The US intelligence community judges that Iran can briefly close the Strait of Hormuz, relying on a layered strategy using predominately naval, air, and some ground forces. During 2004 Iran purchased North Korean torpedo and missile-armed fast attack craft and midget submarines, making marginal improvements to this capability. Tehran's ability to interdict the Strait of Hormuz with air, surface and sub-surface naval units, as well as mines and missiles remains a concern. Additionally, Iran's asymmetrical capabilities are becoming more robust. These capabilities include high-speed attack patrol ships, anti-ship missiles, unmanned aerial vehicles, and hardened facilities for surface-to-surface missiles and command and control.

The American Military & the Strait of Hormuz

The US Navy's presence in the Gulf has grown steadily since 1879, when Commodore Robert W. Shufeldt sailed USS Ticonderoga through the Strait of Hormuz, making it the first American man-of-war to visit the Gulf. Because the free flow of trade in the region was threatened as Iran and Iraq staged a "tanker war," a stronger US stance became necessary. In 1987, after the Iran-Iraq War resulted in several military incidents in the Persian Gulf, the United States increased U.S. Navy forces operating in the Persian Gulf and adopted a policy of reflagging and escorting Kuwaiti oil tankers through the Gulf. President Reagan reported that U.S. ships had been fired upon or struck mines or taken other military action on September 23, October 10, and October 20, 1987 and April 19, July 4, and July 14, 1988. During the Iran-Iraq War, one of China's most controversial arms transfers involved the HY-2 antiship missile, commonly [and improperly] referred to in the media as the "Silkworm." The first of several HY-2 shipments was delivered in the summer of 1986, and in October 1987 an American-owned tanker under the Liberian flag and a Kuwaiti tanker under the US flag, the Sea Isle City, were hit by Iranian HY-2 missiles. The United States gradually reduced its forces after a cease-fire between Iran and Iraq on August 20, 1988. Operation Earnest Will proved successful.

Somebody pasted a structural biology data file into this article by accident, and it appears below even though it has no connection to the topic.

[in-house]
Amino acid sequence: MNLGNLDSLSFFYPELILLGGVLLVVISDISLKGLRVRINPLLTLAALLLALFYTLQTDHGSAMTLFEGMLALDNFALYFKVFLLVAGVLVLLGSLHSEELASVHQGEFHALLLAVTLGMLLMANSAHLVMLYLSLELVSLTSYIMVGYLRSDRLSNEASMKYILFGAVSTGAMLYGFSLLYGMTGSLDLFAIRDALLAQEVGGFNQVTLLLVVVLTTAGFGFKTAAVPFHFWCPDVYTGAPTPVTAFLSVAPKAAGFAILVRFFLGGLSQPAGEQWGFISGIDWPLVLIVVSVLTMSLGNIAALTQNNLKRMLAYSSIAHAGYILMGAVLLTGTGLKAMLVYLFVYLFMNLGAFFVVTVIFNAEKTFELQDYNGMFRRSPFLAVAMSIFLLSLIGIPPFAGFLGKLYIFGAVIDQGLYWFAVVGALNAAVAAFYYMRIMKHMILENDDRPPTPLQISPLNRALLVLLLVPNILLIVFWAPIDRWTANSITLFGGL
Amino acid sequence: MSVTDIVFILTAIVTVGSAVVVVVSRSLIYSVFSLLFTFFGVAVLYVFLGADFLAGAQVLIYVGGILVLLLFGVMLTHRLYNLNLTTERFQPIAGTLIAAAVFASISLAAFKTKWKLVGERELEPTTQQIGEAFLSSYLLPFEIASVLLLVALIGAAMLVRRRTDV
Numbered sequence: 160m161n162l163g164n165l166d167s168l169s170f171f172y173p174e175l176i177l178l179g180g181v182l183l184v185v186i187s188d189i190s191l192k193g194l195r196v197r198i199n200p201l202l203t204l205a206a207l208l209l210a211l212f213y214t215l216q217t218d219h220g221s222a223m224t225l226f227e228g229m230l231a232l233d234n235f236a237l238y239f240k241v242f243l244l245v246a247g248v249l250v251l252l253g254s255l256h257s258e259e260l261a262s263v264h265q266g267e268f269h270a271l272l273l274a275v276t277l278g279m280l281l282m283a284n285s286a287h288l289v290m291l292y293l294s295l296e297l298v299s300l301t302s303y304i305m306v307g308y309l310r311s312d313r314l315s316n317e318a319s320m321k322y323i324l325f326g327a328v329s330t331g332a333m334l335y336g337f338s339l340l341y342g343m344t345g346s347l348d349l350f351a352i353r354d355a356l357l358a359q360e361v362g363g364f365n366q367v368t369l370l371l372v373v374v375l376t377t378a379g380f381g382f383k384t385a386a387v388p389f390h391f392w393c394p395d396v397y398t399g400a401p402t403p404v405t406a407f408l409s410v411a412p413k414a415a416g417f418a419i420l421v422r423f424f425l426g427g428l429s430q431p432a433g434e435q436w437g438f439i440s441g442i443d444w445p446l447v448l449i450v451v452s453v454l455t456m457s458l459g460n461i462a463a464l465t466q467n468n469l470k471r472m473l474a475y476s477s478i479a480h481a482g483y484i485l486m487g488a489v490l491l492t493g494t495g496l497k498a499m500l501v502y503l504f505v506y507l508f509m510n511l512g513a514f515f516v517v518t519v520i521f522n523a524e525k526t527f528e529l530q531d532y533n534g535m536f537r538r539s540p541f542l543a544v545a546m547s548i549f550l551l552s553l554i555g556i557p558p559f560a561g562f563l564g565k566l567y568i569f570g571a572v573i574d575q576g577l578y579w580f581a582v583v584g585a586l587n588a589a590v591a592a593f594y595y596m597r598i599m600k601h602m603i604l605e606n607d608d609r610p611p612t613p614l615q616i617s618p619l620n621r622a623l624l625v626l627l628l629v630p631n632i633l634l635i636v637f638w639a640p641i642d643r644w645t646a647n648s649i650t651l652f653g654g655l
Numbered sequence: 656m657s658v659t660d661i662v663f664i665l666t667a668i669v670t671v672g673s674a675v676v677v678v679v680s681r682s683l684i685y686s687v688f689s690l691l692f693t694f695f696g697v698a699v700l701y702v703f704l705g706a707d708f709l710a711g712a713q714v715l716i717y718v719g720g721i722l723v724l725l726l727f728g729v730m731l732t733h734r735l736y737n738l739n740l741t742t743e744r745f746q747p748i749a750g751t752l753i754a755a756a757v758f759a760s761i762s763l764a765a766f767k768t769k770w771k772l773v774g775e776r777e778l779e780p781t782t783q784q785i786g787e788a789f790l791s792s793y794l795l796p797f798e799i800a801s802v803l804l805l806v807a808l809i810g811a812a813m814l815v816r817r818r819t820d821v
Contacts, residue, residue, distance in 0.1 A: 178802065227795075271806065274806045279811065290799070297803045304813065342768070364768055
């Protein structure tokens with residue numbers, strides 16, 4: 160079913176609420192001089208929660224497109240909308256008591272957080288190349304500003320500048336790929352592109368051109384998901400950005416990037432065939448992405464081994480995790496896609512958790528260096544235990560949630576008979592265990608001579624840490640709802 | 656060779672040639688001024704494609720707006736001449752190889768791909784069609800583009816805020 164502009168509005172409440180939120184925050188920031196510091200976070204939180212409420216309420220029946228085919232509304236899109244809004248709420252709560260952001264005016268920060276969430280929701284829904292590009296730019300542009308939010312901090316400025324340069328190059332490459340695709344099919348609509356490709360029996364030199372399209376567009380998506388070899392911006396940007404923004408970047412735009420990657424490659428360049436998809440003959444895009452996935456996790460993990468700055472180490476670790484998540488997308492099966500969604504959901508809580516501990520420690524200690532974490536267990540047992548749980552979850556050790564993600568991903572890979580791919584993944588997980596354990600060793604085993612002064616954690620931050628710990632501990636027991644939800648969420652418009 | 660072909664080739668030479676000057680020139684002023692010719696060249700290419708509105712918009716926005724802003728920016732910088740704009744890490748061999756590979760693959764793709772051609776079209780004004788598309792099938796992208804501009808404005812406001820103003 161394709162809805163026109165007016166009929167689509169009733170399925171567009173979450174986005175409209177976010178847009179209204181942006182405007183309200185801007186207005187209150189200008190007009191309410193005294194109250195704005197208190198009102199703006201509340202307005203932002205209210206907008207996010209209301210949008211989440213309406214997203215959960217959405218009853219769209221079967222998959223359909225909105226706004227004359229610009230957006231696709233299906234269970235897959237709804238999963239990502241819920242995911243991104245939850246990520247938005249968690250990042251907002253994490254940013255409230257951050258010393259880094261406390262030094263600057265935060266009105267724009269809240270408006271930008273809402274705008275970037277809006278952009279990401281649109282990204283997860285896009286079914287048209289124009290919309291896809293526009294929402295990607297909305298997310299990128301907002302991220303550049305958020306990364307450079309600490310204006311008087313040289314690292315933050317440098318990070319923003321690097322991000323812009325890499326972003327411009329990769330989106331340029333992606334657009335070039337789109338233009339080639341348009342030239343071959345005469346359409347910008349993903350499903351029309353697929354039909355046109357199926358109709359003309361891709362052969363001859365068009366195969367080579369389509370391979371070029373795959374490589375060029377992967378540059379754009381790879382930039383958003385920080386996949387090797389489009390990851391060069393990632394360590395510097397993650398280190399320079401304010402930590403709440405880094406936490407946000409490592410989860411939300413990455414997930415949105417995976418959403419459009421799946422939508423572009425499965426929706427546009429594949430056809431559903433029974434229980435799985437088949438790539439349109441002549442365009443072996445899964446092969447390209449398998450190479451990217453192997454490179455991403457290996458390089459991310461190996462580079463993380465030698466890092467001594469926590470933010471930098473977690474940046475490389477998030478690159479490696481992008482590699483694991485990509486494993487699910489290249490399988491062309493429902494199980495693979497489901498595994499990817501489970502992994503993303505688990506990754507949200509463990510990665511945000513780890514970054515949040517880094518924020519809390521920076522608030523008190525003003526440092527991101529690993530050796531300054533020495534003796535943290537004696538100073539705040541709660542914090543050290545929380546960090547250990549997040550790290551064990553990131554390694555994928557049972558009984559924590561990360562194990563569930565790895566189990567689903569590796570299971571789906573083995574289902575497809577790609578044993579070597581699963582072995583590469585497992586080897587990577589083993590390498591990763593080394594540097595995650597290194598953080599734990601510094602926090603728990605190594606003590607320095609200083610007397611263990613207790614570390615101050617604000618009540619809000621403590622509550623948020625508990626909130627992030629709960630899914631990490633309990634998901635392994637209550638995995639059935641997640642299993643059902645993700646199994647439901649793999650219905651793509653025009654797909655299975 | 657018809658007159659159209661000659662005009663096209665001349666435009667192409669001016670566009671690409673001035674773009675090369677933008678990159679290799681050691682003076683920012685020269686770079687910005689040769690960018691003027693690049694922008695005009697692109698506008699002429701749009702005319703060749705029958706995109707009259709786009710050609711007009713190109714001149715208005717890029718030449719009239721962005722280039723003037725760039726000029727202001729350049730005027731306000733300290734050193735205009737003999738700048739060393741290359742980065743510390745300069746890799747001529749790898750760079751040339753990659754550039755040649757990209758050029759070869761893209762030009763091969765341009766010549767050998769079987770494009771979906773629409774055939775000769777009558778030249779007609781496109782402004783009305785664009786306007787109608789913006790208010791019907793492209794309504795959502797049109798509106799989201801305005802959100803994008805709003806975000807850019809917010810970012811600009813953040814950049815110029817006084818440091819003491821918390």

The United States reacted to Iran's military buildup in the 1990s by an increased military presence, economic sanctions, and continued political rallying against the Islamic Republic. Simultaneously, the Gulf Cooperation Council reacted by implementing efforts to improve military strength through the acquisition of weapons from the United States and others.

A "spiraling effect" arms race is taking place between Iran and the GCC, in which each side attempts to gain military advantage over the other. The growth of the Iranian forces, specifically the navy and those components next to the SOH, have resulted in mixed threat interpretations. The challenge for decision-makers and strategic planners alike lies in accurately assessing the ability of Iranian forces to attempt to and, if possible, keep the Strait of Hormuz closed.

On many occasions since 1989 U.S. warships exercised the right of innocent passage through the Iranian territorial sea without notice to or reaction from Iran.

Exercise Arabian Gauntlet

Multinational forces gather to participate in the world's largest mine countermeasures exercise, "Arabian Gauntlet." Arabian Gauntlet is a joint multinational military exercise to maintain the vital sea lines in and out of the Persian Gulf. Arabian Gauntlet is a multilateral exercise that integrates mine warfare with surface warfare. The purpose of the exercise is to refine coalition warfare capabilities, specifically in the area of mine warfare, surface warfare and off-shore infrastructure protection. It also promotes military to military relationships and improves the tactical proficiency of the coalition as well as enhances regional security in the 5th Fleet area of responsibility.